To Rescue or Not To Rescue?

Do These Babies Need Rescuing or Not?

Do These Babies Need Rescuing or Not?

My best childhood friend has resurfaced in my life. We haven’t spoken or heard of or seen each other in 40 years. I know . . . unbelievable. She heard my name in a nearby restaurant a week ago so looked me up; it turns out we live just a couple of miles from each other! She built her house here in ’94. I moved here a year ago. SO close and yet we could have spent the next 15 years like the last 40 — out of touch. It is so interesting how fate intervenes in your favor at certain moments in your life. This has been one of those moments.

I don’t know why we lost touch, besides the fact that my family moved away when I was 11, but getting back together has been like toast and butter. Easy peasy. We were (are still!) both adventuresome spirits and did some pretty crazy things as wee ones — and the few times we were able to reunite in our early teens — and it seems like our pattern may still persist.

Our current adventure — not so dramatic, but not something one does every day:  this morning we rescued a clutch of baby birds from her mailbox. They’ve been there, happily ensconced in a cozy nest, for at least a couple of weeks, and she has checked them every day when she walks a mile to collect her newspaper therefrom. Sadly, the last 3 or 4 days no mama or papa birds have flown out when she approached. So we knew those babies were in trouble.

Temperatures have begun to soar, making that box an oven, and as of yesterday we decided if there was no sign of parental concern by morning we would take the young ones. Which we did this morning. There were five, and they were very, very weak and had obviously had no care or feeding for quite a while.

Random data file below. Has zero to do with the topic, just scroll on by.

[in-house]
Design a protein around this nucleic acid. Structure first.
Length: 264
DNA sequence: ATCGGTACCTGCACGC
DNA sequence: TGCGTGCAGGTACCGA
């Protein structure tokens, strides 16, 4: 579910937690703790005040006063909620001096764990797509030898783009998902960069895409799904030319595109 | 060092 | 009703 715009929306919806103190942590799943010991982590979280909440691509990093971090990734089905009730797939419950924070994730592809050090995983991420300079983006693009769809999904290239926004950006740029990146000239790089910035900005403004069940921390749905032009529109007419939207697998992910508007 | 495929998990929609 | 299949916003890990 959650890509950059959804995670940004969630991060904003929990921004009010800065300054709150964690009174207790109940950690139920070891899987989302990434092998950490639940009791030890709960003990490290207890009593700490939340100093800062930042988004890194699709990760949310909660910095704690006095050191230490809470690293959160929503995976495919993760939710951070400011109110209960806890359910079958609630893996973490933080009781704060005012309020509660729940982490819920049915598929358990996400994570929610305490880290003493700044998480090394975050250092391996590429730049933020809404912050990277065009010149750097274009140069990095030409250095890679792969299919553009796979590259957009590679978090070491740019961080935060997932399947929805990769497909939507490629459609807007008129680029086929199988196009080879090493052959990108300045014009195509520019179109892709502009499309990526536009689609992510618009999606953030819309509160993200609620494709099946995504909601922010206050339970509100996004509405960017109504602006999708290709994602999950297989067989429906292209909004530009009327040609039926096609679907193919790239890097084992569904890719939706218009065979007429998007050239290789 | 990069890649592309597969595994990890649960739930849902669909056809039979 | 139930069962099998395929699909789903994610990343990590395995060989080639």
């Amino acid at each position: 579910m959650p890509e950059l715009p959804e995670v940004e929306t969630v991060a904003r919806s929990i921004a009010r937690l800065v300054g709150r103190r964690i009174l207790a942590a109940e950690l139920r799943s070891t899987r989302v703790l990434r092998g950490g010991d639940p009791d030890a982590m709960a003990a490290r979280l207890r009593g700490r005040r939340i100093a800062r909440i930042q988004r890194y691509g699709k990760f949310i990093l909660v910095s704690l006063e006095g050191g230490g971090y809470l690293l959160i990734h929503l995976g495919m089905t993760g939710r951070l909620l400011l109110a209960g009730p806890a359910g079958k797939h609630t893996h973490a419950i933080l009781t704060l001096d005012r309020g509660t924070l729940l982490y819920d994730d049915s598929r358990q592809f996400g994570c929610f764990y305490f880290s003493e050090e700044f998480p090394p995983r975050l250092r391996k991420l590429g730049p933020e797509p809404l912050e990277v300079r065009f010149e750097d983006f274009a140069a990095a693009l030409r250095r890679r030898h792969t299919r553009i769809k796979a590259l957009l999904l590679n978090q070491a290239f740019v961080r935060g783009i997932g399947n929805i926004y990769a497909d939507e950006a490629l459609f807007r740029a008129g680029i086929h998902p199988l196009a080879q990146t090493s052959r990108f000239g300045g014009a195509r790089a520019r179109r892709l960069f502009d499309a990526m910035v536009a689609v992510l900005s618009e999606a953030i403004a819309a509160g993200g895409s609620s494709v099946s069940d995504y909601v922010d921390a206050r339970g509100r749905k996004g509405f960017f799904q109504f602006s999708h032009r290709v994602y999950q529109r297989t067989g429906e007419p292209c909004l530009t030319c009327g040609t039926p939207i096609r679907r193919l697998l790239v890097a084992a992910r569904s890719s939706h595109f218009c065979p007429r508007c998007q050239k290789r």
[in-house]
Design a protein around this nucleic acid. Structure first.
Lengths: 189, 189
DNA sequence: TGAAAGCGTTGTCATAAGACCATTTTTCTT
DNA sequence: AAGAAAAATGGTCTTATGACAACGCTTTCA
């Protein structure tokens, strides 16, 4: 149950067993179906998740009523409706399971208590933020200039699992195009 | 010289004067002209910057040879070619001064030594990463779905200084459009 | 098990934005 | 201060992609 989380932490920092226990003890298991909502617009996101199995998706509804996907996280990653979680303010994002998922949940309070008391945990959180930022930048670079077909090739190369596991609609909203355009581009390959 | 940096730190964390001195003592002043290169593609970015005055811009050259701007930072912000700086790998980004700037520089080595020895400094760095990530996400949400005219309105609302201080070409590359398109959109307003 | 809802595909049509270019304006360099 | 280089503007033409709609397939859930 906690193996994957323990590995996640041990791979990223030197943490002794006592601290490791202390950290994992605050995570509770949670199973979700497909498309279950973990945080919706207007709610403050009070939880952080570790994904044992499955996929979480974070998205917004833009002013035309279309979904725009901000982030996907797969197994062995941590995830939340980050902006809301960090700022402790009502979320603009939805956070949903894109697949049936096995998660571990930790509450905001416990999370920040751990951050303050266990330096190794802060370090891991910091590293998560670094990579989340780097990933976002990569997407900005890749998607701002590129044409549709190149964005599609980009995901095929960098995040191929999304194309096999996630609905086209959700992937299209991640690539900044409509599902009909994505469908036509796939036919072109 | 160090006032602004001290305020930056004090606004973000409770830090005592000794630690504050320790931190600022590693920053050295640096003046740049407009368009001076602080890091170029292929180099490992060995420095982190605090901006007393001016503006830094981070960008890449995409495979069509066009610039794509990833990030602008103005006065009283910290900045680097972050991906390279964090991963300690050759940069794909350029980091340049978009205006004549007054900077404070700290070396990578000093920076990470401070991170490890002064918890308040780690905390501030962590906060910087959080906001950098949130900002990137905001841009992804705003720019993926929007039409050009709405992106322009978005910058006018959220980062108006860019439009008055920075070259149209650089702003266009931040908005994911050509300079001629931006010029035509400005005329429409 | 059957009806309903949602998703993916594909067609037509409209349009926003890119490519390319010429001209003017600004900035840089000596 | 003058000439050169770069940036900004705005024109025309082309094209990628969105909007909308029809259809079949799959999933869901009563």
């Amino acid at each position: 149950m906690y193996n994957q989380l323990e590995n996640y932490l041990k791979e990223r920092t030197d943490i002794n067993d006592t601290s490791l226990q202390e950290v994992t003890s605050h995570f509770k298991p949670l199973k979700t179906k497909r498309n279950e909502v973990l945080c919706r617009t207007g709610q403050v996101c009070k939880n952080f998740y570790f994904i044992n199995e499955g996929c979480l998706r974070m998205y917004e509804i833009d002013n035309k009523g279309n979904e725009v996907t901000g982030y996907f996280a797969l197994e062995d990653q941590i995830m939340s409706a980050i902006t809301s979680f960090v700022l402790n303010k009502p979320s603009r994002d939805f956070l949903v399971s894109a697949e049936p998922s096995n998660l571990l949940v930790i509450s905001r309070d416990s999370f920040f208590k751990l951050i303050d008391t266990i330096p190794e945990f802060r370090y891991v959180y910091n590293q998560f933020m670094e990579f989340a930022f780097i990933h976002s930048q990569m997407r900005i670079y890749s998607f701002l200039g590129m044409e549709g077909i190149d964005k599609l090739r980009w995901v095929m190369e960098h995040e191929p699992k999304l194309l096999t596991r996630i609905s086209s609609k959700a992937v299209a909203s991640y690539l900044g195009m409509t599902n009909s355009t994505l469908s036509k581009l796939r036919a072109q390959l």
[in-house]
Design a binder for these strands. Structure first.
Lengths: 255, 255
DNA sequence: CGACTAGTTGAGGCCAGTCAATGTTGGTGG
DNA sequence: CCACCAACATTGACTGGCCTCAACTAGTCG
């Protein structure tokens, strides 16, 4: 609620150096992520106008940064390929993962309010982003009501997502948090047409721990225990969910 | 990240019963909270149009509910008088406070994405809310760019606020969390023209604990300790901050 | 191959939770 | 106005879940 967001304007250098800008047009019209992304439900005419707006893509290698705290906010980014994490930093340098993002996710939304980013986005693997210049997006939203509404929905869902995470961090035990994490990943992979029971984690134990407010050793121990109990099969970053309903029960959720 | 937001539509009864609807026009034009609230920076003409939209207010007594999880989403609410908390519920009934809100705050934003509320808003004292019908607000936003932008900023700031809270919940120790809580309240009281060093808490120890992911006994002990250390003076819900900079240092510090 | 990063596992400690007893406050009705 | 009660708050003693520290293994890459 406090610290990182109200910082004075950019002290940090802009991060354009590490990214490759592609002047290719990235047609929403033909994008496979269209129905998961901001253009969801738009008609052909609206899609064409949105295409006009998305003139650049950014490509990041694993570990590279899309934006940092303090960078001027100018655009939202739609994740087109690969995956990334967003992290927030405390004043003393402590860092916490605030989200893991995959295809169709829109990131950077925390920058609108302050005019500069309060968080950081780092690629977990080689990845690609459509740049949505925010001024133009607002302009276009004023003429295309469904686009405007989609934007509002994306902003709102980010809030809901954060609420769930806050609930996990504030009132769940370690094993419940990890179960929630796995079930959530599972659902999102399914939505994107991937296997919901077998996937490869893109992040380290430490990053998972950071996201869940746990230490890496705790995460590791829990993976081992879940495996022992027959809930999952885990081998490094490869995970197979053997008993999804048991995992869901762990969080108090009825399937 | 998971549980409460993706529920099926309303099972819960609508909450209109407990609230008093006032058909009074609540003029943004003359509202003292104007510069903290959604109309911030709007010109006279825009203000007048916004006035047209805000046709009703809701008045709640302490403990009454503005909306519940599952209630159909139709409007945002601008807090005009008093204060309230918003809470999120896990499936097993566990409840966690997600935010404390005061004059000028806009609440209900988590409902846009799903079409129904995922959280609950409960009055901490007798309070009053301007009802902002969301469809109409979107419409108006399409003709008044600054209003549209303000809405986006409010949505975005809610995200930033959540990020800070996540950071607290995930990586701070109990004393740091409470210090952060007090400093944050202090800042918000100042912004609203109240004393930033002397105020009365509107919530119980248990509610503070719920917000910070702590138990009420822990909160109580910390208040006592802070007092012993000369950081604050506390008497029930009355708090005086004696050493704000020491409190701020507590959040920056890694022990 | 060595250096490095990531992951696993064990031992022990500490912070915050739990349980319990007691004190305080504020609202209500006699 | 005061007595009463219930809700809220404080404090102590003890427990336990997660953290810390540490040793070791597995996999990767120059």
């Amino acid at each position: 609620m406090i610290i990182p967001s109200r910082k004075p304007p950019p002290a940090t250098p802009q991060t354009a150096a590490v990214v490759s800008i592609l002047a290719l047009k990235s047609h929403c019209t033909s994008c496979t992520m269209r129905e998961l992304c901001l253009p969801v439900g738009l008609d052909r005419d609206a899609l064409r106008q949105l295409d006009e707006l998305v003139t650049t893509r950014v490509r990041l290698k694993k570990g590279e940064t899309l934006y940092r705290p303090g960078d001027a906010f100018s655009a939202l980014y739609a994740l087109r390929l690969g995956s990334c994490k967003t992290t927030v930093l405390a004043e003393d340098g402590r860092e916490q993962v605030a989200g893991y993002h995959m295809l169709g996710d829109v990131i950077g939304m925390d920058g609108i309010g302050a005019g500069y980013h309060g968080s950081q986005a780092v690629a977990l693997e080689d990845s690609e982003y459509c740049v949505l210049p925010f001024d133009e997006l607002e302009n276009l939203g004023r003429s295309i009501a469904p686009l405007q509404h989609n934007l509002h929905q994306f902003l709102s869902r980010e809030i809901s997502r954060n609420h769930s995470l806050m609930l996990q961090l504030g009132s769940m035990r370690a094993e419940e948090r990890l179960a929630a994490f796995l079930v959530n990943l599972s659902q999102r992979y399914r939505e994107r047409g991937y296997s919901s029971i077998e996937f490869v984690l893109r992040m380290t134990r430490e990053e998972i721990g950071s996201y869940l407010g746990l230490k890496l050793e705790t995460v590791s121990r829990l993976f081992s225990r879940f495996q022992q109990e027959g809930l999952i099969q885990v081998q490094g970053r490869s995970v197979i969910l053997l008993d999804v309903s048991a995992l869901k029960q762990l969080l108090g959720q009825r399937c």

The babies are now resting with the local wildlife rescue organization, and we hope at least 2 or 3 of them will survive. When I told another couple of friends about our rescue escapade today, however, they scoffed and said we should have let nature take its course (and that those baby birds would have made a great snack for the dogs!!!).

Frankly, I think if we humans erect a mailbox that attracts birds to nest in it, even though it will turn into an inferno about the time the babies begin maturing, then what else can we conscionably do but rescue them if the parents go AWOL. This is not nature taking its course. It is nature skewed by man taking a different course.

But I also understand the viewpoint of my other friends: we can’t save every little orphan soul so maybe allowing them to go on their angelic way is best.

Whichever, I think you must simply follow your heart. Rescue if you are led to; leave alone if you think that best. But, for my sweet childhood buddy and me, we could never leave anything alone, much less a baby thing, so jumping in feet first to see what we could do about her mailbox birdies was second nature to us.

Here’s to best friends and childhood memories and rescuing baby things!

2 Responses so far »

  1. 1

    Mary Ellis said,

    Hello from someone else out of your past but not from quite so many years. I think you definitely did the right thing. How could you leave those little ones to suffer and die? It would haunt me until the day I die if I had left them to “nature.”

    We recently rescued a puppy mill shetland sheepdog. She is coming out of her self-protective little shell and it is wonderful to see glimpses of the dog she can be!

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